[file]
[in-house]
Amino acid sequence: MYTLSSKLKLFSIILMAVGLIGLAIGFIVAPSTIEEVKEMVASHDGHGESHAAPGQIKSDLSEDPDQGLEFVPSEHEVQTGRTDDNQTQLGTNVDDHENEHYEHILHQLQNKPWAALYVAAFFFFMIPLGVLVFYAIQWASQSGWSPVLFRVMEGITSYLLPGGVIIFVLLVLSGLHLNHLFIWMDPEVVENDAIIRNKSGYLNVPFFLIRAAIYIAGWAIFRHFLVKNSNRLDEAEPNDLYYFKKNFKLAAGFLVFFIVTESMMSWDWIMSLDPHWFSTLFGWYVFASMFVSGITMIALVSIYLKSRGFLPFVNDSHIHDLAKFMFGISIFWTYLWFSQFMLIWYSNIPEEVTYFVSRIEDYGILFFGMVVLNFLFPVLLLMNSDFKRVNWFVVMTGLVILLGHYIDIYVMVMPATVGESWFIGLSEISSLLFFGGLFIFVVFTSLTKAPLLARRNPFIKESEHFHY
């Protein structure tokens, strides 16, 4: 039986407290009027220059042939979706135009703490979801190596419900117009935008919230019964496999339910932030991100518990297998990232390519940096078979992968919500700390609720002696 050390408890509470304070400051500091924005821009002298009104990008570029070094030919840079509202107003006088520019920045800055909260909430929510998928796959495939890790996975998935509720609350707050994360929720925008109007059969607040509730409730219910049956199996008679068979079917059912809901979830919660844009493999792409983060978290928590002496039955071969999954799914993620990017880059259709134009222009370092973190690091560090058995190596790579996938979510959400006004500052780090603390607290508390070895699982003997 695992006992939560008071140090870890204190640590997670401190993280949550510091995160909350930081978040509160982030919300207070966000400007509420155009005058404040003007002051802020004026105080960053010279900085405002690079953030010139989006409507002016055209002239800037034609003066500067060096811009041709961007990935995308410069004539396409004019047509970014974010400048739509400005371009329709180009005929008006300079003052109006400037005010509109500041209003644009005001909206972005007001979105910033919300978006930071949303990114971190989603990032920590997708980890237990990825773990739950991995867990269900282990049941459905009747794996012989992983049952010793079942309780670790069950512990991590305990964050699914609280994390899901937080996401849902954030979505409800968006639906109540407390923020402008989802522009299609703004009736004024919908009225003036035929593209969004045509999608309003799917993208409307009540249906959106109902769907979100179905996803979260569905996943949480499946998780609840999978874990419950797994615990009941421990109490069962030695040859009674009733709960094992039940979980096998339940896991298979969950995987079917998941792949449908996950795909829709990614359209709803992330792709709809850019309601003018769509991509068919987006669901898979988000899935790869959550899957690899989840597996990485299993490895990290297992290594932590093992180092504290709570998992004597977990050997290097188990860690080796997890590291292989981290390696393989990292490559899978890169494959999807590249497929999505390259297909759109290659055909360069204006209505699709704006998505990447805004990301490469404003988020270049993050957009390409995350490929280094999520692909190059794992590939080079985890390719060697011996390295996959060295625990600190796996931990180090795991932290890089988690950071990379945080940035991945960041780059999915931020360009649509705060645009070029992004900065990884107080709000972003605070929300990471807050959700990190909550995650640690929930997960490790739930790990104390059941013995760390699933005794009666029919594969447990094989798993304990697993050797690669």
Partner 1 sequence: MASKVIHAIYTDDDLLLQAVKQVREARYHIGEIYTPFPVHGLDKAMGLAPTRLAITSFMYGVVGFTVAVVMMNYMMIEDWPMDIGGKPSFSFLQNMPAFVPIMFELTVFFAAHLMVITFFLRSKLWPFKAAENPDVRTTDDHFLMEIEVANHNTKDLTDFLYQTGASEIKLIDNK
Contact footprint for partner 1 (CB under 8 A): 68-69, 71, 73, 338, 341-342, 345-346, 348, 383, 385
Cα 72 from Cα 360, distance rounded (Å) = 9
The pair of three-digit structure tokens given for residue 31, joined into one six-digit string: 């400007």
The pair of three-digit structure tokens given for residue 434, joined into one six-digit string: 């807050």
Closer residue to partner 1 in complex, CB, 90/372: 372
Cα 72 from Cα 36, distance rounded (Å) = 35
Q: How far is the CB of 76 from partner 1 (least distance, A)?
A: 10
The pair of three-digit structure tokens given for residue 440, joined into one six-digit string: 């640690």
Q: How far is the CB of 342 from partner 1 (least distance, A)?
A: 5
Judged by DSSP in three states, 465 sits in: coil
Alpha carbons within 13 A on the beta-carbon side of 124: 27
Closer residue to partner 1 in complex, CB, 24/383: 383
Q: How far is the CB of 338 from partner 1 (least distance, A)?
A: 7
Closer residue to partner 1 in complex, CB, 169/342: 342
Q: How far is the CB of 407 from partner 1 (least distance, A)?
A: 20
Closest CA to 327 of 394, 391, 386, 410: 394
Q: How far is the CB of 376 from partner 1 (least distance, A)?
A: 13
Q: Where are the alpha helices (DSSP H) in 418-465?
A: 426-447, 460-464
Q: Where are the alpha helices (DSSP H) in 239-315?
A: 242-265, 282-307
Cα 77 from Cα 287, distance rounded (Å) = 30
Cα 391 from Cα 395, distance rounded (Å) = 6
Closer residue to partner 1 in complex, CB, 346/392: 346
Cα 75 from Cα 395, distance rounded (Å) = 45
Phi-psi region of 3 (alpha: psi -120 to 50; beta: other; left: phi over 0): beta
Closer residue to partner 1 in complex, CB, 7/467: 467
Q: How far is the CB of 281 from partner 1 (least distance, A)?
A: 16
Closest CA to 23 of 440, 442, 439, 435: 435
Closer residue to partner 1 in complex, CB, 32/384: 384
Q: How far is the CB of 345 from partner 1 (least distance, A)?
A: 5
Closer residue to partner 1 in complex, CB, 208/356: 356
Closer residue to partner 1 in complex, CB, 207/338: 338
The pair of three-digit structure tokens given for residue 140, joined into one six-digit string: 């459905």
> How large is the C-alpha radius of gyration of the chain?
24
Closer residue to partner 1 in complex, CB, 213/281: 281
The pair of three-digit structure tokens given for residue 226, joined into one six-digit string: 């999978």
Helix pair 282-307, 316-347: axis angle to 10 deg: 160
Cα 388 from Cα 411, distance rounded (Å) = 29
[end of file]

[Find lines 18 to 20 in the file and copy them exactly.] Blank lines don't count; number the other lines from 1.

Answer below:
Closer residue to partner 1 in complex, CB, 24/383: 383
Q: How far is the CB of 338 from partner 1 (least distance, A)?
A: 7